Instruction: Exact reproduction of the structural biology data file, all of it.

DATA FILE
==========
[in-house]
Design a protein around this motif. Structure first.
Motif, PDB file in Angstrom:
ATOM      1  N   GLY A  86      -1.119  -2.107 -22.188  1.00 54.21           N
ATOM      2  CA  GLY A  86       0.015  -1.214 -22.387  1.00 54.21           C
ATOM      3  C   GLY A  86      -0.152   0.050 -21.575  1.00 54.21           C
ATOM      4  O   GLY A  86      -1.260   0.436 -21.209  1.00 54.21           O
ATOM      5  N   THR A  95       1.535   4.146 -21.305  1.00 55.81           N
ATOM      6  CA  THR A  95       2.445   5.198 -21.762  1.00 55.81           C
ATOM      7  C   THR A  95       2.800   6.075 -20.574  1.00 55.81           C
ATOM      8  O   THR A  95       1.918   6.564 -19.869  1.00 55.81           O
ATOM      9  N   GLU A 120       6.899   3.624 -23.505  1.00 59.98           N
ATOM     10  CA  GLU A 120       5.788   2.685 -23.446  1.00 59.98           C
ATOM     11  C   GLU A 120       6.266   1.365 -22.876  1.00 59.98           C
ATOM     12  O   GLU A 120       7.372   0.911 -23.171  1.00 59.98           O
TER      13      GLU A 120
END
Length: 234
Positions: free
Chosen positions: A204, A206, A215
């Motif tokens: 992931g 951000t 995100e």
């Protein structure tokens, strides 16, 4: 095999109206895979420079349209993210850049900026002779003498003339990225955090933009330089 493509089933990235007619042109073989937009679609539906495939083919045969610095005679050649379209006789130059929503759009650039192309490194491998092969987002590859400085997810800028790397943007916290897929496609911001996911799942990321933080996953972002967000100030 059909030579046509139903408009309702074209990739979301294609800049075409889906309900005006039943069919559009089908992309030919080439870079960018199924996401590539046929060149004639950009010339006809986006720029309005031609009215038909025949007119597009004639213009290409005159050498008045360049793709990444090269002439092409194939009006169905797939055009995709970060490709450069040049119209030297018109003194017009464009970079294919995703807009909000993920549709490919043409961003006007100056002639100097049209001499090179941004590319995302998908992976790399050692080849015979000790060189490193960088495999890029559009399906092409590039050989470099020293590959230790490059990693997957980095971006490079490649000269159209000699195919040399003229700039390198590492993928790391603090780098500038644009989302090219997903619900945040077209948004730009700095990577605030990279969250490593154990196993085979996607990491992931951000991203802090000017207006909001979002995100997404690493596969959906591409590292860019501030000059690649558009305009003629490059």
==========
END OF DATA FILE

[in-house]
Design a protein around this motif. Structure first.
Motif, PDB file in Angstrom:
ATOM      1  N   GLY A  86      -1.119  -2.107 -22.188  1.00 54.21           N
ATOM      2  CA  GLY A  86       0.015  -1.214 -22.387  1.00 54.21           C
ATOM      3  C   GLY A  86      -0.152   0.050 -21.575  1.00 54.21           C
ATOM      4  O   GLY A  86      -1.260   0.436 -21.209  1.00 54.21           O
ATOM      5  N   THR A  95       1.535   4.146 -21.305  1.00 55.81           N
ATOM      6  CA  THR A  95       2.445   5.198 -21.762  1.00 55.81           C
ATOM      7  C   THR A  95       2.800   6.075 -20.574  1.00 55.81           C
ATOM      8  O   THR A  95       1.918   6.564 -19.869  1.00 55.81           O
ATOM      9  N   GLU A 120       6.899   3.624 -23.505  1.00 59.98           N
ATOM     10  CA  GLU A 120       5.788   2.685 -23.446  1.00 59.98           C
ATOM     11  C   GLU A 120       6.266   1.365 -22.876  1.00 59.98           C
ATOM     12  O   GLU A 120       7.372   0.911 -23.171  1.00 59.98           O
TER      13      GLU A 120
END
Length: 234
Positions: free
Chosen positions: A204, A206, A215
């Motif tokens: 992931g 951000t 995100e």
């Protein structure tokens, strides 16, 4: 095999109206895979420079349209993210850049900026002779003498003339990225955090933009330089 493509089933990235007619042109073989937009679609539906495939083919045969610095005679050649379209006789130059929503759009650039192309490194491998092969987002590859400085997810800028790397943007916290897929496609911001996911799942990321933080996953972002967000100030 059909030579046509139903408009309702074209990739979301294609800049075409889906309900005006039943069919559009089908992309030919080439870079960018199924996401590539046929060149004639950009010339006809986006720029309005031609009215038909025949007119597009004639213009290409005159050498008045360049793709990444090269002439092409194939009006169905797939055009995709970060490709450069040049119209030297018109003194017009464009970079294919995703807009909000993920549709490919043409961003006007100056002639100097049209001499090179941004590319995302998908992976790399050692080849015979000790060189490193960088495999890029559009399906092409590039050989470099020293590959230790490059990693997957980095971006490079490649000269159209000699195919040399003229700039390198590492993928790391603090780098500038644009989302090219997903619900945040077209948004730009700095990577605030990279969250490593154990196993085979996607990491992931951000991203802090000017207006909001979002995100997404690493596969959906591409590292860019501030000059690649558009305009003629490059």